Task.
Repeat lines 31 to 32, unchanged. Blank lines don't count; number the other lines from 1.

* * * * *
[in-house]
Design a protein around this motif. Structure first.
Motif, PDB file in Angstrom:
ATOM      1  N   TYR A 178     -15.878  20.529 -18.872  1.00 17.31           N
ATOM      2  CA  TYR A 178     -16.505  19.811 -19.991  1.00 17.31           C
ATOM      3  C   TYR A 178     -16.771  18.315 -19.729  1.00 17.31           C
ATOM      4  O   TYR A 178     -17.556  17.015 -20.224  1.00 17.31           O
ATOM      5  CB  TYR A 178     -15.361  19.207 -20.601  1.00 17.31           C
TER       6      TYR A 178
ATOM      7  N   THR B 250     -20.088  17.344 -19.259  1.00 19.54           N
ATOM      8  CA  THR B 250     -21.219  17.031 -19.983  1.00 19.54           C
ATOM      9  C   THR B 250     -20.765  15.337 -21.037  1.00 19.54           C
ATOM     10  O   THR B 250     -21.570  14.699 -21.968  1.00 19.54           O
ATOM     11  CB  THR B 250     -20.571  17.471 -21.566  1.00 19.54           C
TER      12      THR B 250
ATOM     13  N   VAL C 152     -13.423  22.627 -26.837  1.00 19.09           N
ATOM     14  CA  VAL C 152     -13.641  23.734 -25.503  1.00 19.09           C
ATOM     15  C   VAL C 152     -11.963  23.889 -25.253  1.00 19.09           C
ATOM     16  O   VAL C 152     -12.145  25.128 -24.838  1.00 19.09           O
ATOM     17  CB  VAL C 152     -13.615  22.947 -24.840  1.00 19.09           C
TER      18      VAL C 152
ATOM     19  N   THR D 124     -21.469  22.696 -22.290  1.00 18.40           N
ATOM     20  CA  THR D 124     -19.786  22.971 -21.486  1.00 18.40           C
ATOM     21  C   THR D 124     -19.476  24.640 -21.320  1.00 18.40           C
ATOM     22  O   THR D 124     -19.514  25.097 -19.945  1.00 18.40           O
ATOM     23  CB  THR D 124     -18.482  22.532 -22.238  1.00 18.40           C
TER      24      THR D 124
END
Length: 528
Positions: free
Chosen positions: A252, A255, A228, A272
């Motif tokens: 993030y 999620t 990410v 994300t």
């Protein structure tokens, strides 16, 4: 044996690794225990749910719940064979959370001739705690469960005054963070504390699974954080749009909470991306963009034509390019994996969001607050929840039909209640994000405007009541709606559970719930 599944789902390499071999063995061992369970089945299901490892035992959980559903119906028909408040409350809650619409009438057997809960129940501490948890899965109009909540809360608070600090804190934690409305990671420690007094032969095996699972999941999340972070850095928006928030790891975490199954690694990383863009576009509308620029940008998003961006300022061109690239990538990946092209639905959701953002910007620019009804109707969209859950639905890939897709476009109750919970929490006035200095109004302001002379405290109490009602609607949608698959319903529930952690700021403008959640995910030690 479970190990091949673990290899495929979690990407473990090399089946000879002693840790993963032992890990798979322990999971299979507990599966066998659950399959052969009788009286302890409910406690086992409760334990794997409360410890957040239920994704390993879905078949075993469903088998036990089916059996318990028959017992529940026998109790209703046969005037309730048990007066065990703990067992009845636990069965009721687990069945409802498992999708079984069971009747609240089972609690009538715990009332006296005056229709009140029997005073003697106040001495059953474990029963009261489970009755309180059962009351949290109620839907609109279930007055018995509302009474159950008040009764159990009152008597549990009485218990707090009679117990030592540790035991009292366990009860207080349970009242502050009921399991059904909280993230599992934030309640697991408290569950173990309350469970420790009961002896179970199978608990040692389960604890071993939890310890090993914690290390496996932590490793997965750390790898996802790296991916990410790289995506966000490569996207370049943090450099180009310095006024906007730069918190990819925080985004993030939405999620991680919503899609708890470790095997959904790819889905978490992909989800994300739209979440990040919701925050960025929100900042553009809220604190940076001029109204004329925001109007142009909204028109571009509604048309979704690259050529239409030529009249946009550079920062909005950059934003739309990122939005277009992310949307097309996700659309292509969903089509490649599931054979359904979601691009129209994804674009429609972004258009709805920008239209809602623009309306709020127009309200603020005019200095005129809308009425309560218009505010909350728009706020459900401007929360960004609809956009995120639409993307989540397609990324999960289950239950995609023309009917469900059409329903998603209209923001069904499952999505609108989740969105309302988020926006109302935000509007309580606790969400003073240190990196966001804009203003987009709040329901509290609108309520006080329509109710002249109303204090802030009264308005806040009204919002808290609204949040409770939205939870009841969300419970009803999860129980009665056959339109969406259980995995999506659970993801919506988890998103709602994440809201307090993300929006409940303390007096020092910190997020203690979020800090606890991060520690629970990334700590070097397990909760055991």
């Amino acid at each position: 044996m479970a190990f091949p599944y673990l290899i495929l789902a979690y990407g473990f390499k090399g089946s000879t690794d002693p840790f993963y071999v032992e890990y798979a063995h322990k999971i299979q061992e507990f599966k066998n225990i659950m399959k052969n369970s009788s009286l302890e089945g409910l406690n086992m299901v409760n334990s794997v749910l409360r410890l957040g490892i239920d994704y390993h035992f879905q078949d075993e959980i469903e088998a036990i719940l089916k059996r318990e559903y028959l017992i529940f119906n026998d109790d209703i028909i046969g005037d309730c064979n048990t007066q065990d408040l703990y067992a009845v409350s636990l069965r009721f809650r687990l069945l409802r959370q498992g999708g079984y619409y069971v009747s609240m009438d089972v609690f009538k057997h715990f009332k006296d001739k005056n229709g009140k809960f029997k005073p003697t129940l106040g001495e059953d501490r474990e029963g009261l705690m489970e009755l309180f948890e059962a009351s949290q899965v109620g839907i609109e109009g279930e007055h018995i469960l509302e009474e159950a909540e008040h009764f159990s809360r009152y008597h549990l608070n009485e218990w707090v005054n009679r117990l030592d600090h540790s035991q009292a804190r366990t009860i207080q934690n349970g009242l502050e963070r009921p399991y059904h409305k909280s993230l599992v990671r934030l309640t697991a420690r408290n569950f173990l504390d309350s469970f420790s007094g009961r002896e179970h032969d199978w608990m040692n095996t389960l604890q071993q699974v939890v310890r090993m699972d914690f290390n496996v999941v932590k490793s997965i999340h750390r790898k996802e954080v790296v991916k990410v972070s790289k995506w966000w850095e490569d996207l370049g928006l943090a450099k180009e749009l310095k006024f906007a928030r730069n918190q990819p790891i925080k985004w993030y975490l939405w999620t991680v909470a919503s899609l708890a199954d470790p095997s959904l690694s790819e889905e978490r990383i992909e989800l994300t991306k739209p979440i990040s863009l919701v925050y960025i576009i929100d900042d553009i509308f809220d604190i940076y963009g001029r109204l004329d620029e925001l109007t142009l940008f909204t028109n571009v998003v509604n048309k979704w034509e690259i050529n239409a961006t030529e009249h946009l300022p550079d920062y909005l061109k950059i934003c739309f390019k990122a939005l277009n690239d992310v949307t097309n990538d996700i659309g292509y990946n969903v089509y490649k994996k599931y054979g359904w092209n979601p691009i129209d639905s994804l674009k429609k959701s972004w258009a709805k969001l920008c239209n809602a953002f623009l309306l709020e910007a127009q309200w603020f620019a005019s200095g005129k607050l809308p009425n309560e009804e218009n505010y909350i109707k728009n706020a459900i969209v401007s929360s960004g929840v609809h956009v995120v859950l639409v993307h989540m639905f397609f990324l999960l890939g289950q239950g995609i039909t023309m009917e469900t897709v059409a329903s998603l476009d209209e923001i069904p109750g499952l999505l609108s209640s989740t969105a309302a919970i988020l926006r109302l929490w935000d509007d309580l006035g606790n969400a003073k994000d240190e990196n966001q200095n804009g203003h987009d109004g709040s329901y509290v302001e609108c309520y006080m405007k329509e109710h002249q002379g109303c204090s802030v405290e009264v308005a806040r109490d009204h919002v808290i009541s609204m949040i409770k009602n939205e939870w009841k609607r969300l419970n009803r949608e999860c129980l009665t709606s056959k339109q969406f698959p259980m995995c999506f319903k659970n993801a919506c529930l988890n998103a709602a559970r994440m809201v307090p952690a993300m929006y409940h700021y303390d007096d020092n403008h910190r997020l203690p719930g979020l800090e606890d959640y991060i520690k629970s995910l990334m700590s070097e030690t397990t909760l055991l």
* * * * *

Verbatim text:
Chosen positions: A252, A255, A228, A272
């Motif tokens: 993030y 999620t 990410v 994300t």